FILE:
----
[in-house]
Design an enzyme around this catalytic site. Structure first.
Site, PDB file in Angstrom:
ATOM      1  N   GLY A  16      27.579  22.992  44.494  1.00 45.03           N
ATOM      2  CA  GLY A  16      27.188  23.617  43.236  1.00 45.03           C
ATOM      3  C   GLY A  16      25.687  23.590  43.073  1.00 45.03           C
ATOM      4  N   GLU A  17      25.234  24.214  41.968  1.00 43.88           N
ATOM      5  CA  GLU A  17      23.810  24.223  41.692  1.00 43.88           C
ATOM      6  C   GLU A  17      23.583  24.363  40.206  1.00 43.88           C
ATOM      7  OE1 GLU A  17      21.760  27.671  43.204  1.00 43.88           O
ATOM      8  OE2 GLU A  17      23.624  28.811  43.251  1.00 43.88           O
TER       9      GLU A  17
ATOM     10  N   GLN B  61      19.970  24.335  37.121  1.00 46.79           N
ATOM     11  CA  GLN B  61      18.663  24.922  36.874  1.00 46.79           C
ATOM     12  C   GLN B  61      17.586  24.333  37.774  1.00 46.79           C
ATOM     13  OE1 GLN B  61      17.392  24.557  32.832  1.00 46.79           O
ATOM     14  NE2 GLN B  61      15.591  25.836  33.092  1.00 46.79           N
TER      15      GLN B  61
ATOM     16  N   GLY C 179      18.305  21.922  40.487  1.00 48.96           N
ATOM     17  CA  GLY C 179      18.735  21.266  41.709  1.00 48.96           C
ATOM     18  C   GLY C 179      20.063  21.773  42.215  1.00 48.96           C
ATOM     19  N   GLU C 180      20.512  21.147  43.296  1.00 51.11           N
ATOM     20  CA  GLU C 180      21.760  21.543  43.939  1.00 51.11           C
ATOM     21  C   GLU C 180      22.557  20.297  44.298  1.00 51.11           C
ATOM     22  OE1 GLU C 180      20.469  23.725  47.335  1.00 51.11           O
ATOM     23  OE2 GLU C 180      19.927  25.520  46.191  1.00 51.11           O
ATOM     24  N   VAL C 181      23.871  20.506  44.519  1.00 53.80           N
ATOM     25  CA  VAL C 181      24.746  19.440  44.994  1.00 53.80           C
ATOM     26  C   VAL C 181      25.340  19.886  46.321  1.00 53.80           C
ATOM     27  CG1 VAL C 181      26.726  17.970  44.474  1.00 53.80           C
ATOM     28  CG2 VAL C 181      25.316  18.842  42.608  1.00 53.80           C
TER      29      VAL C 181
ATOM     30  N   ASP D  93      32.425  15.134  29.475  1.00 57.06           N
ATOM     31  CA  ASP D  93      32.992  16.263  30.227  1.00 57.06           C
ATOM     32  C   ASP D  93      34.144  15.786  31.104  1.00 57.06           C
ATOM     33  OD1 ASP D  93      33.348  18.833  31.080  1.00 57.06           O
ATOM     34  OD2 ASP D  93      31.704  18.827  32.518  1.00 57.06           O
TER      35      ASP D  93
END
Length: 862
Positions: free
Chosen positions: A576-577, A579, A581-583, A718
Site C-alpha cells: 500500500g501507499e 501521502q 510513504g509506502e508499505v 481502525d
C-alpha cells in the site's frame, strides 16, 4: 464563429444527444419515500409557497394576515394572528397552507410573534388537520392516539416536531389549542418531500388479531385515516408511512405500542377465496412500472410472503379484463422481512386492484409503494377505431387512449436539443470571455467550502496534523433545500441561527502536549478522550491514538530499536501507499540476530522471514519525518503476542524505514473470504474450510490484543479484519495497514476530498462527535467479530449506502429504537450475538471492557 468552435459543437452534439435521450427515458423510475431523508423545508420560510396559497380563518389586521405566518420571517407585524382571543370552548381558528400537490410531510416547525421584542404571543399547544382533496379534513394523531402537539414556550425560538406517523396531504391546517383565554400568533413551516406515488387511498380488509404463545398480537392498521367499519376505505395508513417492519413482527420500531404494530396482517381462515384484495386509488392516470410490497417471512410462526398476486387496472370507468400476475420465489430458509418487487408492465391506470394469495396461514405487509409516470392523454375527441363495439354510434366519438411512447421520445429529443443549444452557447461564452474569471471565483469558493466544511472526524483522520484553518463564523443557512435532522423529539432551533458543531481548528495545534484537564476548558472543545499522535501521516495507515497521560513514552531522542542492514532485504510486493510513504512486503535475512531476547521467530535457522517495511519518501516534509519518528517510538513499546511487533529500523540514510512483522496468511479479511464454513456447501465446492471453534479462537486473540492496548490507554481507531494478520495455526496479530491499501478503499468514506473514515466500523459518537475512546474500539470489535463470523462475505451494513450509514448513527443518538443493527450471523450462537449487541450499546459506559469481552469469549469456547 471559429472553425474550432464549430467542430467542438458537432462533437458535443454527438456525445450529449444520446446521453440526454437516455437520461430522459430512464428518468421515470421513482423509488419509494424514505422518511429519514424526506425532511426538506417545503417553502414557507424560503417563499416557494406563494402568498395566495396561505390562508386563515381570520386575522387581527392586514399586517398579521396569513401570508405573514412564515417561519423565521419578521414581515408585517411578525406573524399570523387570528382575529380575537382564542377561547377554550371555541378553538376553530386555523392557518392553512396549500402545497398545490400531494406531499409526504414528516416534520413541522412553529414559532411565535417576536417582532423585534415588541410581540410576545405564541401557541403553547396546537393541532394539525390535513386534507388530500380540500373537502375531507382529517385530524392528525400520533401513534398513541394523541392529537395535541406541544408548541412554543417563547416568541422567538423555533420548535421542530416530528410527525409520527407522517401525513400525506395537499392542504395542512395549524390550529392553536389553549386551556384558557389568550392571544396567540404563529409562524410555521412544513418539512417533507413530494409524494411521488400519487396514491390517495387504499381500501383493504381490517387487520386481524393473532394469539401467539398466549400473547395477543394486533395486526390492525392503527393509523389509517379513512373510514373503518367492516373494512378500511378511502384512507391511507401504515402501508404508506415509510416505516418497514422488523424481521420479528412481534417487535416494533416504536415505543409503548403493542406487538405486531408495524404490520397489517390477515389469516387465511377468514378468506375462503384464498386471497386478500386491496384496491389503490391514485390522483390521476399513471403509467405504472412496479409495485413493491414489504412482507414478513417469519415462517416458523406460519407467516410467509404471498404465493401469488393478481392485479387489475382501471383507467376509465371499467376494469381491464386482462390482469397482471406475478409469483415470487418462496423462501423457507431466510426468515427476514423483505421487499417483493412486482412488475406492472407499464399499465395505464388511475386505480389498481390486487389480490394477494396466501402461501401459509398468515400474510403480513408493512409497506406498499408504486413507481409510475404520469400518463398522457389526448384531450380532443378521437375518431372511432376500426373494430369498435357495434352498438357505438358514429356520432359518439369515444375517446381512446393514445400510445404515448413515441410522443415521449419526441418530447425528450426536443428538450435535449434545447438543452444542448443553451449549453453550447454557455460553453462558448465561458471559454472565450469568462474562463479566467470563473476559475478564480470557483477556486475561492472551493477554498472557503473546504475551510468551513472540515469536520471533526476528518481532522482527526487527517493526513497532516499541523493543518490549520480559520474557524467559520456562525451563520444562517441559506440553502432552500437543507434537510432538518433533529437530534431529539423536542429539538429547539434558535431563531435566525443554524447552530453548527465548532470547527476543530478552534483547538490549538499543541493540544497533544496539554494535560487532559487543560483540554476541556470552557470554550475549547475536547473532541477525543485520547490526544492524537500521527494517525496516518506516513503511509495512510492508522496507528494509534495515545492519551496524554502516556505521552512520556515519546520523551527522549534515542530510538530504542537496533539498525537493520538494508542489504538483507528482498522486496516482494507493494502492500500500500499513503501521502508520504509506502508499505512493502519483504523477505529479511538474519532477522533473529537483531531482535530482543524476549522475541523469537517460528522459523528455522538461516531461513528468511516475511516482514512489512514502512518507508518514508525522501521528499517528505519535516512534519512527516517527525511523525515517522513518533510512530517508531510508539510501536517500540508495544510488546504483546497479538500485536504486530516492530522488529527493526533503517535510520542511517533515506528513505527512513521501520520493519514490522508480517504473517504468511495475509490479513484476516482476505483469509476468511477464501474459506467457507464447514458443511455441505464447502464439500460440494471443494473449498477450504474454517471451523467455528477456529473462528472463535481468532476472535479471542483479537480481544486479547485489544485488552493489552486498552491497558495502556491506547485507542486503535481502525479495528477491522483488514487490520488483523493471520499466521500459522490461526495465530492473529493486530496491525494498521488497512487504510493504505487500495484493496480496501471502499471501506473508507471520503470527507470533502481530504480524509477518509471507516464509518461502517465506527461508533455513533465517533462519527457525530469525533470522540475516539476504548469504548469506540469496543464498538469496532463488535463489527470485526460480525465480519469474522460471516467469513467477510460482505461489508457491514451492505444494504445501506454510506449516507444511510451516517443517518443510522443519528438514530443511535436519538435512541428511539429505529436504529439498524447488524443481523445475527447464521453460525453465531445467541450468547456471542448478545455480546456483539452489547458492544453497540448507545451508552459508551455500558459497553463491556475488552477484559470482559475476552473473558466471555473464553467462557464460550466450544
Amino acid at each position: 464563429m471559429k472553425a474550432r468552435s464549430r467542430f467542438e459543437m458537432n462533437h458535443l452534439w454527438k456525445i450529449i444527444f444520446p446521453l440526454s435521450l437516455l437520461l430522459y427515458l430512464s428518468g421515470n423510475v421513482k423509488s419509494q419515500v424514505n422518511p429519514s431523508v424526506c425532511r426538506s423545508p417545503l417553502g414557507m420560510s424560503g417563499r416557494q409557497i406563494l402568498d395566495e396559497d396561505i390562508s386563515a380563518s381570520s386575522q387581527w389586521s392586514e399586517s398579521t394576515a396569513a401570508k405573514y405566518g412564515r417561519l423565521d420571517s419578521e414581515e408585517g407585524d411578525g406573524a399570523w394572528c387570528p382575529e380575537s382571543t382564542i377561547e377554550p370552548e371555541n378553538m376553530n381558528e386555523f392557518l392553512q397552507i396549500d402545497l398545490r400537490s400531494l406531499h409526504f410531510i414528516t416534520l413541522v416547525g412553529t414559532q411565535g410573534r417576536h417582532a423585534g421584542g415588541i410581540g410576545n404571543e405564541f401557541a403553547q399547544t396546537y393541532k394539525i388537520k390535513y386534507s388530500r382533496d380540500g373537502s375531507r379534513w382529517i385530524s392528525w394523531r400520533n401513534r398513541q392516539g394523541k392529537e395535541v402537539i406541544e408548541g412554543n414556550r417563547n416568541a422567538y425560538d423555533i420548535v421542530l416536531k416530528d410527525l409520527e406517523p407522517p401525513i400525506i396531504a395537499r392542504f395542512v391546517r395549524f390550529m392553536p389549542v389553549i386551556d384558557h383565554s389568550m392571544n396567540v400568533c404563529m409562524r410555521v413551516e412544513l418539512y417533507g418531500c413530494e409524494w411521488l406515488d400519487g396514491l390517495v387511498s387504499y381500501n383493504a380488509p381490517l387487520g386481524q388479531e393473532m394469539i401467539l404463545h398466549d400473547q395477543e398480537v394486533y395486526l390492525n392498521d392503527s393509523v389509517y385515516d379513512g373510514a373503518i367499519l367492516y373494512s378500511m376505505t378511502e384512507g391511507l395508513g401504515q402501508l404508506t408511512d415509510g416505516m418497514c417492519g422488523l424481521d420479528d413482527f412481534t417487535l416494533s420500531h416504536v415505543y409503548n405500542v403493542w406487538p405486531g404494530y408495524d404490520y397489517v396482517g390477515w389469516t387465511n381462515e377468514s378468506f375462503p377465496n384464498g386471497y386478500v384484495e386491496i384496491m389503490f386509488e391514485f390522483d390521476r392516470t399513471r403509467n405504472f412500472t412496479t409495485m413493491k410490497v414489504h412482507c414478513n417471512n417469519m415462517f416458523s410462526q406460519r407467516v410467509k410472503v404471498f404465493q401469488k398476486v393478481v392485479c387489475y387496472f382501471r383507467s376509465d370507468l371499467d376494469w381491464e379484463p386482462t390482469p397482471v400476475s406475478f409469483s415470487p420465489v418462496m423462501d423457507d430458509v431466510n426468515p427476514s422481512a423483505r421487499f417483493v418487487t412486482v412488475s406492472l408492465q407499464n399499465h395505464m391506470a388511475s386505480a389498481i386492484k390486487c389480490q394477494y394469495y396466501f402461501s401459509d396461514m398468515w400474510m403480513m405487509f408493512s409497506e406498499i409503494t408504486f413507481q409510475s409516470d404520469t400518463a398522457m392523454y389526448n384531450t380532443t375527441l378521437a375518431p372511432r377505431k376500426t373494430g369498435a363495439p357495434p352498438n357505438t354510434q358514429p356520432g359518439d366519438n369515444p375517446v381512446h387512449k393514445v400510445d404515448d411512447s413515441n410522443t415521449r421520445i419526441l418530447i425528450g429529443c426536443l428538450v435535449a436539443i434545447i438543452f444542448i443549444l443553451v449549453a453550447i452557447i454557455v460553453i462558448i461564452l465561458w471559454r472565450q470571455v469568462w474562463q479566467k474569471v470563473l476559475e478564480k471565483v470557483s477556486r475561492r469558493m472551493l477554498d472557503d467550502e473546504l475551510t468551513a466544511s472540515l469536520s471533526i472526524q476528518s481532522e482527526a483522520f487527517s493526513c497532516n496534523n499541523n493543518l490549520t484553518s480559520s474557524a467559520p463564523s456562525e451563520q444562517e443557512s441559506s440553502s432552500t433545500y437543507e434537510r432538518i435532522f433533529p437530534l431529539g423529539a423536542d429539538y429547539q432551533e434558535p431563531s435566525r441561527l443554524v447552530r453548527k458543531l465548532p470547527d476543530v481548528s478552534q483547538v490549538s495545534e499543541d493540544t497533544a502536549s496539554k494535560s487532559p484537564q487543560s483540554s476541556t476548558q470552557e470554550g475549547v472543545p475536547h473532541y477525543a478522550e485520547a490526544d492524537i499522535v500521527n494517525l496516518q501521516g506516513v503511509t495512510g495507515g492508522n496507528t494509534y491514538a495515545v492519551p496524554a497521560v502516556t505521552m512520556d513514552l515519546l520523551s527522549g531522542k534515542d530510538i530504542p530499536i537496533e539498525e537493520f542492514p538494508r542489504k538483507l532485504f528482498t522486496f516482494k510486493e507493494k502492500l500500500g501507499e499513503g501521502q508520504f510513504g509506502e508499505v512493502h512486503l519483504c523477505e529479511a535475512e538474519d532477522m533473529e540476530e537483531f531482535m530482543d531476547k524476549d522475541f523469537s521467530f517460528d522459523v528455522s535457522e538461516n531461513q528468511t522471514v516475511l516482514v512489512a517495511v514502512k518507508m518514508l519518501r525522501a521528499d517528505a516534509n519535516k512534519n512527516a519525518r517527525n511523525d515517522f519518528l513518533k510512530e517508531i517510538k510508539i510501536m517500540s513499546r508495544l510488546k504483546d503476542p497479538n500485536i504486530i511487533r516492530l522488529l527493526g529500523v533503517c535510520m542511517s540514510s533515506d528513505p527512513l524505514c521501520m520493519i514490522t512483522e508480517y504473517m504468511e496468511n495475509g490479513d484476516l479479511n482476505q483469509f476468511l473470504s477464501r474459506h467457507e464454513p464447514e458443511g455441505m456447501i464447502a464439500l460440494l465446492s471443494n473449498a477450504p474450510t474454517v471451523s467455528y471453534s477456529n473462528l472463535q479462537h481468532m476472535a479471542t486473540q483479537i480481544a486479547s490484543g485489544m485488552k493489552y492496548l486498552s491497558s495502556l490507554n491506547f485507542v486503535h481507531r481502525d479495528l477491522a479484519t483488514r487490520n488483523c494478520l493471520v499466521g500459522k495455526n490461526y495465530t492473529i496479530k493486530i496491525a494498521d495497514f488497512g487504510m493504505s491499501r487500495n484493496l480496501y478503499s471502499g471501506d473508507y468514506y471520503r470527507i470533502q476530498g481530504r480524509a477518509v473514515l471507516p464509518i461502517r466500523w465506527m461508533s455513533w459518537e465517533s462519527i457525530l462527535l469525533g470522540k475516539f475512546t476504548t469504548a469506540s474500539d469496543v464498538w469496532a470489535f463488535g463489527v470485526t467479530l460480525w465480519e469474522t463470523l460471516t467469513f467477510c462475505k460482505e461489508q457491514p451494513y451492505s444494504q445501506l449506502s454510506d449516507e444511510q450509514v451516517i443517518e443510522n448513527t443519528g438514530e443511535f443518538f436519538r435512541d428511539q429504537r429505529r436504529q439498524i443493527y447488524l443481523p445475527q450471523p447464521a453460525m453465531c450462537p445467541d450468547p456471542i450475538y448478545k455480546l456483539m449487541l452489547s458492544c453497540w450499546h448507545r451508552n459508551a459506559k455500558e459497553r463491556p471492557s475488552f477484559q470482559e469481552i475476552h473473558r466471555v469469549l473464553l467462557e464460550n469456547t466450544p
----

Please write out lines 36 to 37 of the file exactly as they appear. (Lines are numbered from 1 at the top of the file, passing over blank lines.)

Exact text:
ATOM     33  OD1 ASP D  93      33.348  18.833  31.080  1.00 57.06           O
ATOM     34  OD2 ASP D  93      31.704  18.827  32.518  1.00 57.06           O